William Morse uses the web to demystify the law

Until a couple of years ago, the law was an aloof and intimidating entity for most non-lawyers. Finding precedents to support one's case was a virtual impossibility for all but attorneys and law students.

Thanks to Emory College and law school graduate William Morse, however, that's all changed. Since joining the law school staff two years ago as head of information technology services, Morse has made it an integral part of his mission to provide legal information in an easily accessible electronic format.

The birth of the Emory web

When Morse was an undergraduate at Emory in the late '80s and early '90s, he got a job in the computing labs. He graduated in 1991 and enrolled in Emory law school that fall. At that time, Morse also became a software consultant with the Information Technology Division (ITD).

"I always tend to expand my role in whatever I'm doing," Morse said. "I worked very closely with [ITD Webmaster] Marie Matthews. One night we went to Georgia Tech and saw the World Wide Web. When I saw that, I knew then and there that it was going to be the future. Before, the Internet had been very text-based and inaccessible. But the web added this multimedia interface that almost anyone could use."

Morse and Matthews decided to take the bull by the horns and bring the web to Emory. "We did the work at home and during off hours," Morse said. "And it eventually caught on." Morse also integrated the web into the familiar Eagle interface. "It's basically a web interface that does all those things the Internet can do. That's the power of the web itself; it's an integrator of all these technologies that people didn't understand or couldn't use before. Now they can because it wraps all those technologies into a nice neat package."

Making the law accessible

When Morse finished law school in 1994, he was faced with a daunting life choice: going into practice with a law firm where he already had a job lined up, or joining the law school staff to initiate a web project. "I made a proposal to the law school to do something fantastic on the web, something that had never been done before," Morse said. "They accepted, and I decided that was what I really wanted to do. How many times in your life do you have an opportunity to do something that's never been done before?"

Already in existence before Morse became a law school staff member was the Electronic Reference Desk, created by Stuart Myerburg, a recent law school graduate at the time who now assists Morse as manager of Internet services for the law school. Morse said that Myerburg put a tremendous amount of public domain information on-line as part of that project.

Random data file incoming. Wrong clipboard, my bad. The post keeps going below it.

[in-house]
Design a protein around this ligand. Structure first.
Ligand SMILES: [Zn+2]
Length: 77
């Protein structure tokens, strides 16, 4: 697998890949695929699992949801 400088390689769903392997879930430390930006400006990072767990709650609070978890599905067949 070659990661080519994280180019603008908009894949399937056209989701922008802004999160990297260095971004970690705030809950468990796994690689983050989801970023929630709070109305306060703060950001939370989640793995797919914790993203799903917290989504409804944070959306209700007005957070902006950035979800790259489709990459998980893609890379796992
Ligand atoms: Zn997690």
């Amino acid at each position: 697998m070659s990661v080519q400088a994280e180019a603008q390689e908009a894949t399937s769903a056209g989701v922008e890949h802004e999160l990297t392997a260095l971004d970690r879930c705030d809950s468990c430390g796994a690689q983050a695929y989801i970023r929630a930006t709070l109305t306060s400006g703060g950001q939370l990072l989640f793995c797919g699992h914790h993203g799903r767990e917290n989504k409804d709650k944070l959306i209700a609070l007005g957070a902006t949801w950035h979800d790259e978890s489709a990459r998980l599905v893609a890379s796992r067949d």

When Morse was hired, one of his first initiatives was securing sponsorship from Hewlett-Packard that ultimately provided the law school with its own web server and other equipment. NeXT Computer also became a sponsor. Once that infrastructure was in place, Morse began posting court opinions on the law school's web site, beginning with the 11th U.S. Circuit Court of Appeals. The site now features the opinions of seven U.S. Circuit Courts. Several editions of the U.S. Constitution are included, as well as documents from the U.S. Attorney's Office for the Northern District of Georgia.

Morse and his colleagues also have conducted Continuing Legal Education courses for alumni in Atlanta and Savannah.

"Alumni use our databases daily," Morse said. "We are quite popular and in some ways have become the victim of our own success. When we started, we had only a couple thousand users a week accessing our main page. Now we easily have 500,000 to 750,000 connections a month."

Ensuring that each of his web projects furthers the goal of making legal information easy to find and use is crucial to Morse. "The law traditionally has been a very aloof thing," he said. "People haven't understood it or had any idea how it worked. They paid high-priced lawyers to do the work, and when the case was finished they still didn't know what happened. They might have won their case, but they had no idea why. I might not be able to put each person through law school, but now they can see on the web the reasonings that judges make."

Emory's law web site, Morse believes, is now the second largest legal information site in the world behind Cornell University. And after two years of negotiation, the law school has been awarded the right to host Georgia Supreme Court opinions on their web site.

As proud as he is of these accomplishments, though, Morse ultimately sees technology as a tool for reaching the original goal he had in mind when he entered law school: to make the law more accessible and non-threatening for everyone. "When you're in law school you have a book that supposedly teaches you about evidence," he said. "But it's just a bunch of cases. That's not very accessible. But when you put subjects on the web dealing with what evidence means and how to use it, and it's written in plain language, that makes it much more accessible. We saw a need and we filled it, and I am very excited about that."

--Dan Treadaway

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